Biotechnology and the American Media: The Policy Process and the Elite Press, 1970-1999
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Nisbet, Matthew C.; Lewenstein, Bruce V.
In this paper, we present a quantitative content analysis of biotechnology-related coverage appearing in the New York Times and Newsweek between the years 1970 to 1999, examining patterns of media attention and evaluating the source impact of various political and social actors on the themes, frames, and tone of coverage. Although media attention to biotechnology steadily increased across the 1980s and for most of the 1990s, media attention within years has been highly episodic, peaking and plummeting in response to major scientific announcements or related focusing events. Even in its peak years of coverage, biotechnology still rests rather modestly on the overall media agenda in comparison to other major political issues, and in comparison to other issues related to science, technology, or popular culture. The character of biotechnology-related coverage has been overwhelmingly positive, and has been dominated by scientists, government actors, and industry, with a heavy emphasis on the frames of scientific progress and economic prospect. A departure from this trend only occurs in correspondence to the late 1990s debate over cloning, as a greater media emphasis on ethics and controversy emerges.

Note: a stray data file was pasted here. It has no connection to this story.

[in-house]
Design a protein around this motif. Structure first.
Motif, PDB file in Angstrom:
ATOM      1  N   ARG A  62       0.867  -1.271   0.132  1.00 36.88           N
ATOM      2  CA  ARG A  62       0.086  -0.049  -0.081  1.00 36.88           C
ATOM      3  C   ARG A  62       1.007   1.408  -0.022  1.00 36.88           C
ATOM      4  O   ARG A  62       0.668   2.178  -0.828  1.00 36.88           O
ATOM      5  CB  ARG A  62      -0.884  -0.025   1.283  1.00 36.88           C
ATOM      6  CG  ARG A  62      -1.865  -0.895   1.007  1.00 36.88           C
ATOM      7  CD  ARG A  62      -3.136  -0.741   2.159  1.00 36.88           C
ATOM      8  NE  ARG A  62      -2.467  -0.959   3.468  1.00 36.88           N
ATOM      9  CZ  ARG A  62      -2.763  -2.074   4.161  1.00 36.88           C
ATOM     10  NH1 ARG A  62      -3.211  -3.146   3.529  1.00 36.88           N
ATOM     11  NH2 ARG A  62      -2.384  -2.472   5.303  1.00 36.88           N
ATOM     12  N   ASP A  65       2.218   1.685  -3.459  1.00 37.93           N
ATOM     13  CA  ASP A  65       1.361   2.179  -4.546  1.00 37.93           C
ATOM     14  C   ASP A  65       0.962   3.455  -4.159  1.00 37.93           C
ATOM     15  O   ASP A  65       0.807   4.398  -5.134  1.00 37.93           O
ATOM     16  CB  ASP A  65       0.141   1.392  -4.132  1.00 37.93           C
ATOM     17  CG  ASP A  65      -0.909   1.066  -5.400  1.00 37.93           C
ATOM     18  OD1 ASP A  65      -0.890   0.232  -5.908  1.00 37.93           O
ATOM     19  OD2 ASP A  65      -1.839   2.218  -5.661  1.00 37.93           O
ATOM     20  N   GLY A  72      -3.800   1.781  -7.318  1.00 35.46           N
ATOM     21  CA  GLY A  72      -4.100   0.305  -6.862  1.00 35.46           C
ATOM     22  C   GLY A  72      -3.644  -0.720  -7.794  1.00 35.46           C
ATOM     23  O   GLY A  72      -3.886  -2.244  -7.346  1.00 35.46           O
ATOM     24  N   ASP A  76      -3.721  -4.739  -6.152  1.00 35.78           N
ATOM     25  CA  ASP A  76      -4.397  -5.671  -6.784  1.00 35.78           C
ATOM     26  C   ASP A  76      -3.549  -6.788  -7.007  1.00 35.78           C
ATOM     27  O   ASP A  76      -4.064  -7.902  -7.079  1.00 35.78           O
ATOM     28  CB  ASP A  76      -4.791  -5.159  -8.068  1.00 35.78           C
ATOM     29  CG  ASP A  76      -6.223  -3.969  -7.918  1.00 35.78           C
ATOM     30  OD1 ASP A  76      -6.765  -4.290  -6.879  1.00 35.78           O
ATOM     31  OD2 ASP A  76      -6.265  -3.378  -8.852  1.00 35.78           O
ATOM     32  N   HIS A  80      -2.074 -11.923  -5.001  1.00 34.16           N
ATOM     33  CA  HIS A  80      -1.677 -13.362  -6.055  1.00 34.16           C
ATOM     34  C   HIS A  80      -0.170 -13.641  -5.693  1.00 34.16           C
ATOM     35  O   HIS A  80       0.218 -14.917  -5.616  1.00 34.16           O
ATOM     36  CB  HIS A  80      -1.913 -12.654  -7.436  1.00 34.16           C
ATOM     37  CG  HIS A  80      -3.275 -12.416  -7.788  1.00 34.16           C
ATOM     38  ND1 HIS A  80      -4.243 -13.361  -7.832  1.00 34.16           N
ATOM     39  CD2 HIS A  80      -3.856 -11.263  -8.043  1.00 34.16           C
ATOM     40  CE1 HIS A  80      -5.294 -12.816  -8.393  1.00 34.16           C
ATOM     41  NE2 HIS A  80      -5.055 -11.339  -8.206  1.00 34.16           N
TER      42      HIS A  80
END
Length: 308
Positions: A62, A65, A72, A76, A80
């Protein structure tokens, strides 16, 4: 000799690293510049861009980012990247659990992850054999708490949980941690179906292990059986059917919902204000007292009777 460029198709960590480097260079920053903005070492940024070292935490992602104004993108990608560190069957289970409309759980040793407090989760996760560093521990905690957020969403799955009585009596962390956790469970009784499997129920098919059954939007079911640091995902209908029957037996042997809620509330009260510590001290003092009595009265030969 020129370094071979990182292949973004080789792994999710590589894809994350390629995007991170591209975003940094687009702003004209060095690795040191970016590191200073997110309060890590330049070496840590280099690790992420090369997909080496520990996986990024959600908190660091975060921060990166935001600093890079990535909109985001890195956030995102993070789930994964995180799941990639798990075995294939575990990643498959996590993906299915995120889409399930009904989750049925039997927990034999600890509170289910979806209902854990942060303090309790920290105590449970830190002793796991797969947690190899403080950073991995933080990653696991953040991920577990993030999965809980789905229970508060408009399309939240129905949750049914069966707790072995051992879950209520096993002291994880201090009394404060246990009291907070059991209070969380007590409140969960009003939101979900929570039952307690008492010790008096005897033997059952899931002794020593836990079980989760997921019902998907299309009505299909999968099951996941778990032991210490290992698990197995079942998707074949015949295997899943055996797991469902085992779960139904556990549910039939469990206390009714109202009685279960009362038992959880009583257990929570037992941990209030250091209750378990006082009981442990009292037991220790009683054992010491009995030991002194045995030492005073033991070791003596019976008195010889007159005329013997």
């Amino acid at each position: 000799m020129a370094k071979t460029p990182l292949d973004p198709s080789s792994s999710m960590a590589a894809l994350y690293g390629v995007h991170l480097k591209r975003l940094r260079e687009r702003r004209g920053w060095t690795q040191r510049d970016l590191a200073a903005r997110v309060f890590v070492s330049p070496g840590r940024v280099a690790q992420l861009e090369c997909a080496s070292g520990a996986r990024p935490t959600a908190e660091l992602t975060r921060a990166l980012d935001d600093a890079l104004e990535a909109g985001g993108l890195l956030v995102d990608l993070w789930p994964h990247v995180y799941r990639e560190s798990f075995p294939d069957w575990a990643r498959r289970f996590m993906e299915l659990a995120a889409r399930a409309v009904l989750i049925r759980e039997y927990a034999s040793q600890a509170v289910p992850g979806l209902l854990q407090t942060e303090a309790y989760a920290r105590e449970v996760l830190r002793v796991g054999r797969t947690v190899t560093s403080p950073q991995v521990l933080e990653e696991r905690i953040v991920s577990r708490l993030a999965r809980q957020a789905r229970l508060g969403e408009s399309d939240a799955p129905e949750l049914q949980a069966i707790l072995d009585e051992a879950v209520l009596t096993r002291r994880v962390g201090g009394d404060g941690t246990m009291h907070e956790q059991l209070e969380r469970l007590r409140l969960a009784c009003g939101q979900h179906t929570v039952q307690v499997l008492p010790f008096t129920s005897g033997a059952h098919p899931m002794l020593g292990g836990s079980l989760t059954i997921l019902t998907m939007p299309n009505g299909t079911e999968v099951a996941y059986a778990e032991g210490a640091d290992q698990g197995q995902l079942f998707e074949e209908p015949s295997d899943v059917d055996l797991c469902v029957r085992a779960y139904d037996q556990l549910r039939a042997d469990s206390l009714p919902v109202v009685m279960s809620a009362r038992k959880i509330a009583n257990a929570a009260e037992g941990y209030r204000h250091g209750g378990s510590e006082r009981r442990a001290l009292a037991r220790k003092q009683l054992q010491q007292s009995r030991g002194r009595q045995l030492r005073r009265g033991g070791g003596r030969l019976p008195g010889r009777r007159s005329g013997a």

science communication; science journalism; biotechnology; frames; agenda-setting
Previously Published As
Nisbet, M. C., & Lewenstein, B. V. (2002). Biotechnology and the American media - The policy process and the elite press, 1970 to 1999. Science Communication, 23(4), 359-391.